UK must avoid "gold-plating" transmission grids

The UK must avoid “gold-plating” or giving preferential treatment to renewable energy transmission networks. That’s the view of conservationists from the Scotland-based John Muir Trust. Currently the grid is built […]

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By Vicky Ellis

The UK must avoid “gold-plating” or giving preferential treatment to renewable energy transmission networks. That’s the view of conservationists from the Scotland-based John Muir Trust.

Currently the grid is built around power stations located near populated areas. But offshore wind farms will need large sections of new transmission cables to transfer electricity from rural areas vast distances away from populations.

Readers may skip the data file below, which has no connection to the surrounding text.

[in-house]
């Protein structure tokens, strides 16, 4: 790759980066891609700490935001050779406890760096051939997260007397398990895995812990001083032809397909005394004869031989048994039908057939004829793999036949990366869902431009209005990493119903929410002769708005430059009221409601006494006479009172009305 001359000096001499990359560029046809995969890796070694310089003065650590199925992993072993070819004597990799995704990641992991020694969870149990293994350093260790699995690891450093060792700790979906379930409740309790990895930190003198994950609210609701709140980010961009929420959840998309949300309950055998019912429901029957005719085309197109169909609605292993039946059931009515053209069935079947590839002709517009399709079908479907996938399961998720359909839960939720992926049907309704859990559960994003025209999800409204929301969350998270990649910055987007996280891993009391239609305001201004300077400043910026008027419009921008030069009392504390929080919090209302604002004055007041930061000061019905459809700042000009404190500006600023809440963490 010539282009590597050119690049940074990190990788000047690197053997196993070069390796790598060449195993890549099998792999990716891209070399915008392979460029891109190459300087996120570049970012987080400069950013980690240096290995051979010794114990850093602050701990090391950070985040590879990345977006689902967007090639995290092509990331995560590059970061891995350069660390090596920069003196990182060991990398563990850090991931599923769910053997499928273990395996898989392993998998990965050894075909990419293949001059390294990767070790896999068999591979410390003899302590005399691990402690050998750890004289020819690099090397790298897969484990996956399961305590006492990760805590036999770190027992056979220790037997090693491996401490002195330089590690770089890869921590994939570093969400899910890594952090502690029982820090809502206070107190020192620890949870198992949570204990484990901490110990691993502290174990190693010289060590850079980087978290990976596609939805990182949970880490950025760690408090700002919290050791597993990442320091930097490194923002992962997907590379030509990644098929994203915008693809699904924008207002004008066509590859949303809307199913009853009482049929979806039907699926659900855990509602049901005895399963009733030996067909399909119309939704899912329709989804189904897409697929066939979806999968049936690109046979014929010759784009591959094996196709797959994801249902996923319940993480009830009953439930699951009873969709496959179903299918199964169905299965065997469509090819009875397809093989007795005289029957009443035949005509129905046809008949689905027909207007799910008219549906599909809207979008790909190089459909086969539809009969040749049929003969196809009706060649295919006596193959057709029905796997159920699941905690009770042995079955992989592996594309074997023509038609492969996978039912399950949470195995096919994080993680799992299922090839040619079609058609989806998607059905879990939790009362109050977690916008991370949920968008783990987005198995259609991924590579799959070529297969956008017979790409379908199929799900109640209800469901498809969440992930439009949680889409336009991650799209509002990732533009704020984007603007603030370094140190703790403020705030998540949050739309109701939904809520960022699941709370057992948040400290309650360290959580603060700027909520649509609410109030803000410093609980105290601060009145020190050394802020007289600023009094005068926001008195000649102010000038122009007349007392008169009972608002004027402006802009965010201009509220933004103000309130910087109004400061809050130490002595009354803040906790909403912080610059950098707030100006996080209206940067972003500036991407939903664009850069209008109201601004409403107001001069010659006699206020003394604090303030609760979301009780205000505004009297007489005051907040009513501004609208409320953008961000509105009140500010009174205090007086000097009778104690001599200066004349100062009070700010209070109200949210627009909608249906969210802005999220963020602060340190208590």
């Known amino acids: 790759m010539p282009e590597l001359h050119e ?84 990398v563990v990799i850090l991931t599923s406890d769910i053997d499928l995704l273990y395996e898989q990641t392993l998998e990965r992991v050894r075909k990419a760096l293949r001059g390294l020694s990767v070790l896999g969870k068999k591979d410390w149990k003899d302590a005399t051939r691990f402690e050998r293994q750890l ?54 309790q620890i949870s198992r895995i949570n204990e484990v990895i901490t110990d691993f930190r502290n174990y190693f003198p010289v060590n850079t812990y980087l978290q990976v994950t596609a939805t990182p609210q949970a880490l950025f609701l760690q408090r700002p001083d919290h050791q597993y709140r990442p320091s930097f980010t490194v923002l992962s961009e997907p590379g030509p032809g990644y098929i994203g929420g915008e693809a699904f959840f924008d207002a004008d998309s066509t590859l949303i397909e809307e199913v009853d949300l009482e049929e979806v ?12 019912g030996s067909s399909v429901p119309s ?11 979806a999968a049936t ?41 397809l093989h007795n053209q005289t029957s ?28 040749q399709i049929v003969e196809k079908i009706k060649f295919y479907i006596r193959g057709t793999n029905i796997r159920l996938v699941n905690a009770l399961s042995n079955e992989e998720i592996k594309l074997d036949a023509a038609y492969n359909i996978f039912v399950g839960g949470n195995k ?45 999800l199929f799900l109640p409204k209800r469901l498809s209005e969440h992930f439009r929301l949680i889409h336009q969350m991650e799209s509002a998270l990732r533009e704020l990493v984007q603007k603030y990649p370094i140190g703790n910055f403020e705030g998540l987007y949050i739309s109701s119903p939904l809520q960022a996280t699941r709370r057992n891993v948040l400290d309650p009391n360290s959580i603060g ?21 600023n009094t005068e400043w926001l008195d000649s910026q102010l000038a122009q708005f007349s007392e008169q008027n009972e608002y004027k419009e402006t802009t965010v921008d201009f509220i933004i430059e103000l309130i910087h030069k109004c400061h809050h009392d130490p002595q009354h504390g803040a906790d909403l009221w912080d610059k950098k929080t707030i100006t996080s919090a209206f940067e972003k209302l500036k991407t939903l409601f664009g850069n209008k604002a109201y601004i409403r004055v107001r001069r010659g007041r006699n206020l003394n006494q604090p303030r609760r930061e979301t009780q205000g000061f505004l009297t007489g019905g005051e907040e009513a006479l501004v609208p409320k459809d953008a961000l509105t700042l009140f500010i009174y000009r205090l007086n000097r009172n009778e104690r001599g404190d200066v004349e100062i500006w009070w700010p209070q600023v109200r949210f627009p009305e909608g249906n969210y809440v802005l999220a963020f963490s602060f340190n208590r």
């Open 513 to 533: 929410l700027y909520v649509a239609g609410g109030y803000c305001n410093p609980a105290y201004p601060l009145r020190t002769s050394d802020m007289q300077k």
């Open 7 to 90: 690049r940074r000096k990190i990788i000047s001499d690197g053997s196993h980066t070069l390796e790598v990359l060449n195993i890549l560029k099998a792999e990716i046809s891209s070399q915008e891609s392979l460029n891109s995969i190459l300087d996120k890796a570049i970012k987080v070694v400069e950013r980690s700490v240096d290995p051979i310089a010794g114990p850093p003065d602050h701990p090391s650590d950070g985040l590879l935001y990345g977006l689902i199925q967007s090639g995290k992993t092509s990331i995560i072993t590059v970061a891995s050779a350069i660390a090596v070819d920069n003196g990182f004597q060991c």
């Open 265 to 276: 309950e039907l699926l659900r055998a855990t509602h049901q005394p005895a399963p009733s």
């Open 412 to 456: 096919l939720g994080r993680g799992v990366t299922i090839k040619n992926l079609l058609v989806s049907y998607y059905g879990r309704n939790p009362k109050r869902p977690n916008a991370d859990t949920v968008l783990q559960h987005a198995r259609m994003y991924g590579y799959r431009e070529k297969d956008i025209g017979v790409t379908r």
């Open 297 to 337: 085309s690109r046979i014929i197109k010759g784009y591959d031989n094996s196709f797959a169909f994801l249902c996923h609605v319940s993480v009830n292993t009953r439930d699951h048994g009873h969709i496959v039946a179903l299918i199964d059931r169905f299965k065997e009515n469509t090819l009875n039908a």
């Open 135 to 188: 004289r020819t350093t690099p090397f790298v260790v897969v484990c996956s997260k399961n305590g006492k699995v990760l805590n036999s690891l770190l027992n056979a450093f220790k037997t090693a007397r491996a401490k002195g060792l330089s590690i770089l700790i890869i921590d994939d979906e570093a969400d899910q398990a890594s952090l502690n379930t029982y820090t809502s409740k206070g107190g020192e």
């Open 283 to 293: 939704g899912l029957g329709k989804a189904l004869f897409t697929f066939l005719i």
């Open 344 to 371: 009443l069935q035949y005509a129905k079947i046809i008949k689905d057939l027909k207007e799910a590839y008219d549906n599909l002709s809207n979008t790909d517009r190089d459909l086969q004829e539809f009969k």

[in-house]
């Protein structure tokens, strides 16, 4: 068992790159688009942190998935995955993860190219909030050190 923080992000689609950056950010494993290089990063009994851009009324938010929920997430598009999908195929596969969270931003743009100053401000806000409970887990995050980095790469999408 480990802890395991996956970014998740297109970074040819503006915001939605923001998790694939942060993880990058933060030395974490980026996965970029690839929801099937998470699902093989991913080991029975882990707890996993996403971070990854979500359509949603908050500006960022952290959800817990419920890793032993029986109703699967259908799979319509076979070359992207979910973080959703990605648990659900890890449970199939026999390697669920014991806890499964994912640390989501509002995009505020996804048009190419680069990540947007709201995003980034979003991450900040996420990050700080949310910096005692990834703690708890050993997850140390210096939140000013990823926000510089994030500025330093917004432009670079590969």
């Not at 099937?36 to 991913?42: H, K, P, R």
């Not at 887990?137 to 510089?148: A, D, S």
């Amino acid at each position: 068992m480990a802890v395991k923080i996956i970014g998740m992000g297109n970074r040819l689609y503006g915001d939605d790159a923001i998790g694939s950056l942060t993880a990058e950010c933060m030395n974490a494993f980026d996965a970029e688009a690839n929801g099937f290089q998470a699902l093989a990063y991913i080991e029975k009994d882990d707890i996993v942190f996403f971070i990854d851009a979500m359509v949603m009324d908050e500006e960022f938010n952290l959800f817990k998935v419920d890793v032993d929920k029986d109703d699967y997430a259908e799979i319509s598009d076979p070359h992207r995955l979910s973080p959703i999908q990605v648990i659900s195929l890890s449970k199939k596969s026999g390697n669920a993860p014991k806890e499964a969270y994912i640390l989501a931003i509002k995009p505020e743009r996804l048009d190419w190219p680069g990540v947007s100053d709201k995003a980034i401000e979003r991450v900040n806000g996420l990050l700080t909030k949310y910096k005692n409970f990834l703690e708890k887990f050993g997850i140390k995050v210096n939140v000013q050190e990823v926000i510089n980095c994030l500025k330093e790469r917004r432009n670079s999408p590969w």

These new networks will cost millions but the charity argues they’re not necessary. Speaking at the Tory party conference last week head of policy Helen McDade told ELN:

“If we have to spend a lot of money doing the back up generation [to fill the gap between nuclear and wind], then it’s gas, coal or carbon capture and storage, and it will be put nearer the population, then we maybe don’t need to gold-plate the transmission system.”

She added these other options were not being explored as Government seemed to be following the lead of energy firms: “At the moment we’re just getting the energy policies written, I’m afraid, pretty much by the energy companies, because the civil servants and politicians are taking their word for the figures.”